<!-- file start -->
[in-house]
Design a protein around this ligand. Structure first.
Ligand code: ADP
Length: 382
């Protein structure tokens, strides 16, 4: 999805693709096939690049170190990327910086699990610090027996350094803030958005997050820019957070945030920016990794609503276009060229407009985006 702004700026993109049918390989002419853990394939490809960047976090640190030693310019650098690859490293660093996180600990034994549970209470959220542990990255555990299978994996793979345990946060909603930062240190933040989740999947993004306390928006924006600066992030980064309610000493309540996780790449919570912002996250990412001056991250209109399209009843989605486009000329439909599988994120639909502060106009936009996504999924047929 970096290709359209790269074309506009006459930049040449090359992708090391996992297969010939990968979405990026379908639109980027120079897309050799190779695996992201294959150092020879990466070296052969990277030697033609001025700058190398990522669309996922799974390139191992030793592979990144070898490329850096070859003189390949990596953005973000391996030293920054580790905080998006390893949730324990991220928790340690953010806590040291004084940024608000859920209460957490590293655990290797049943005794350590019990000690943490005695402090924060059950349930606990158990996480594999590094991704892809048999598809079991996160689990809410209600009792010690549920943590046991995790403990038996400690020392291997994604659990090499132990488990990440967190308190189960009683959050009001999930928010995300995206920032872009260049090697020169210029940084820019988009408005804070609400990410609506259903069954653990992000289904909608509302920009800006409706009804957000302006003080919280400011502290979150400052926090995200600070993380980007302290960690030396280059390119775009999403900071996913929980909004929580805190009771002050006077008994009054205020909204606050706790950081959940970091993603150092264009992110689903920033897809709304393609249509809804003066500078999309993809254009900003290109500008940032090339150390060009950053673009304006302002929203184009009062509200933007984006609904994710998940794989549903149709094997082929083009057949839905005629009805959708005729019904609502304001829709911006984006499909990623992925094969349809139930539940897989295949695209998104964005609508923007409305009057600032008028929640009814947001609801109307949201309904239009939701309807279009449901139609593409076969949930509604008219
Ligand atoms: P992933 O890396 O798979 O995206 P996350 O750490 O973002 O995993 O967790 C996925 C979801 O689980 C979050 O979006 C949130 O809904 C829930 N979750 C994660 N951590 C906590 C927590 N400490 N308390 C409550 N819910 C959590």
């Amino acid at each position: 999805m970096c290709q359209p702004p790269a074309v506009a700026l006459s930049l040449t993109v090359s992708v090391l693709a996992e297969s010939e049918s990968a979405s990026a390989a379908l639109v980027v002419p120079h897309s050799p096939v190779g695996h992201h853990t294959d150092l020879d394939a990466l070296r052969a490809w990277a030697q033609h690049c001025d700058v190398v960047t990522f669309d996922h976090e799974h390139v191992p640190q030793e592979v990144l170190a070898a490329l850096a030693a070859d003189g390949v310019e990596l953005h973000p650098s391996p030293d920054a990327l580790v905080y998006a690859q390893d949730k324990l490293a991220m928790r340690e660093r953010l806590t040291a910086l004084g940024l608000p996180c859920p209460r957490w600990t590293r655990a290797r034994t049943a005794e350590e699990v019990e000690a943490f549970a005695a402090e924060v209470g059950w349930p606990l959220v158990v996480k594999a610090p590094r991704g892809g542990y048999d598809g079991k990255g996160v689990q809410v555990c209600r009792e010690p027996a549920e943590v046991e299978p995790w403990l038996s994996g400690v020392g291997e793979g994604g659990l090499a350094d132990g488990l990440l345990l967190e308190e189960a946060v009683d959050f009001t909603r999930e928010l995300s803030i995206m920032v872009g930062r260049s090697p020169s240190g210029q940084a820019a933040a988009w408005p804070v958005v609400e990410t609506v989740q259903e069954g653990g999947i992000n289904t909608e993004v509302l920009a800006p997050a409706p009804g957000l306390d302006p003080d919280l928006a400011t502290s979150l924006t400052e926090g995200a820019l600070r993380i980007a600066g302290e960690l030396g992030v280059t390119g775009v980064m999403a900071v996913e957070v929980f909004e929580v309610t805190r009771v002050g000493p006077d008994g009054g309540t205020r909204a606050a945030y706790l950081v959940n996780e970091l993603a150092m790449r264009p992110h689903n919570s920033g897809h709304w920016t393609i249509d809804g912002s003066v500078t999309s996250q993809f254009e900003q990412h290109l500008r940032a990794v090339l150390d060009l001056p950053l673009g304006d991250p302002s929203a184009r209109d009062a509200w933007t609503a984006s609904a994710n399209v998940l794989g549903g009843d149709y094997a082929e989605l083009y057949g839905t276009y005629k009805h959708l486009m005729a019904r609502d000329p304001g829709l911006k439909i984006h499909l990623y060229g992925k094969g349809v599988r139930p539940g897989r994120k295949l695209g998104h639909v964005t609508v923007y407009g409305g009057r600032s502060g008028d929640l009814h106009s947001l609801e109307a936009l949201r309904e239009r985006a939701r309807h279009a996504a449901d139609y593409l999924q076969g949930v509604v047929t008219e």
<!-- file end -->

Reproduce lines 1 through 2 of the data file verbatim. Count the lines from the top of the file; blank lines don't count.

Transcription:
[in-house]
Design a protein around this ligand. Structure first.